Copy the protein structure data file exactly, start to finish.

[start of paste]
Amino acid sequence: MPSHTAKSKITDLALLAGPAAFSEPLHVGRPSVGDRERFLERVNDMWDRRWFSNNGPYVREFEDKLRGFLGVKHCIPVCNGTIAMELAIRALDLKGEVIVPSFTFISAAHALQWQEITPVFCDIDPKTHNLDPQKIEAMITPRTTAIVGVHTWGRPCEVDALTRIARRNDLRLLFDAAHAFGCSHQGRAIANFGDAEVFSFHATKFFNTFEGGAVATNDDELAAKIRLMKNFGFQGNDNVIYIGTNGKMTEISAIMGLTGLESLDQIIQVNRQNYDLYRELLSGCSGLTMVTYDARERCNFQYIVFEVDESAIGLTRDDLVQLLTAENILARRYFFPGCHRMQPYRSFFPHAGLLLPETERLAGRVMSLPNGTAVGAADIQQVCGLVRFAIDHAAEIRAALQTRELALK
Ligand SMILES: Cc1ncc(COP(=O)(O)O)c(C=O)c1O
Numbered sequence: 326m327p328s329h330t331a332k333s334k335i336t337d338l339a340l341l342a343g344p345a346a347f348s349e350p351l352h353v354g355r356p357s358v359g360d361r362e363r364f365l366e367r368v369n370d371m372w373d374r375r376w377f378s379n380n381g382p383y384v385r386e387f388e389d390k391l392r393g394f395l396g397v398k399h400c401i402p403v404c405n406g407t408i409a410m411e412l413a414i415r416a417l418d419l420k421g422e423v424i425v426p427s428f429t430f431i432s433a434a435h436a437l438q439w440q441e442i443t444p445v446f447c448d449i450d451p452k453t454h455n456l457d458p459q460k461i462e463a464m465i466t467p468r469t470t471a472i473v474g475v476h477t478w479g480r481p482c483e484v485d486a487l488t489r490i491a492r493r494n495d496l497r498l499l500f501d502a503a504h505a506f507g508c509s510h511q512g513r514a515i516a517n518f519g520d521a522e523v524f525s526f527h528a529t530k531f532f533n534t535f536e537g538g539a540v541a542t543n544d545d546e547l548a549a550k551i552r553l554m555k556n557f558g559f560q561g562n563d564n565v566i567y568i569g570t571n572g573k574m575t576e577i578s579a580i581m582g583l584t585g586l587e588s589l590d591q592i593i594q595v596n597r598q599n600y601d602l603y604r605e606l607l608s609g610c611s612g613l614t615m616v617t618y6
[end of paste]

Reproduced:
Amino acid sequence: MPSHTAKSKITDLALLAGPAAFSEPLHVGRPSVGDRERFLERVNDMWDRRWFSNNGPYVREFEDKLRGFLGVKHCIPVCNGTIAMELAIRALDLKGEVIVPSFTFISAAHALQWQEITPVFCDIDPKTHNLDPQKIEAMITPRTTAIVGVHTWGRPCEVDALTRIARRNDLRLLFDAAHAFGCSHQGRAIANFGDAEVFSFHATKFFNTFEGGAVATNDDELAAKIRLMKNFGFQGNDNVIYIGTNGKMTEISAIMGLTGLESLDQIIQVNRQNYDLYRELLSGCSGLTMVTYDARERCNFQYIVFEVDESAIGLTRDDLVQLLTAENILARRYFFPGCHRMQPYRSFFPHAGLLLPETERLAGRVMSLPNGTAVGAADIQQVCGLVRFAIDHAAEIRAALQTRELALK
Ligand SMILES: Cc1ncc(COP(=O)(O)O)c(C=O)c1O
Numbered sequence: 326m327p328s329h330t331a332k333s334k335i336t337d338l339a340l341l342a343g344p345a346a347f348s349e350p351l352h353v354g355r356p357s358v359g360d361r362e363r364f365l366e367r368v369n370d371m372w373d374r375r376w377f378s379n380n381g382p383y384v385r386e387f388e389d390k391l392r393g394f395l396g397v398k399h400c401i402p403v404c405n406g407t408i409a410m411e412l413a414i415r416a417l418d419l420k421g422e423v424i425v426p427s428f429t430f431i432s433a434a435h436a437l438q439w440q441e442i443t444p445v446f447c448d449i450d451p452k453t454h455n456l457d458p459q460k461i462e463a464m465i466t467p468r469t470t471a472i473v474g475v476h477t478w479g480r481p482c483e484v485d486a487l488t489r490i491a492r493r494n495d496l497r498l499l500f501d502a503a504h505a506f507g508c509s510h511q512g513r514a515i516a517n518f519g520d521a522e523v524f525s526f527h528a529t530k531f532f533n534t535f536e537g538g539a540v541a542t543n544d545d546e547l548a549a550k551i552r553l554m555k556n557f558g559f560q561g562n563d564n565v566i567y568i569g570t571n572g573k574m575t576e577i578s579a580i581m582g583l584t585g586l587e588s589l590d591q592i593i594q595v596n597r598q599n600y601d602l603y604r605e606l607l608s609g610c611s612g613l614t615m616v617t618y6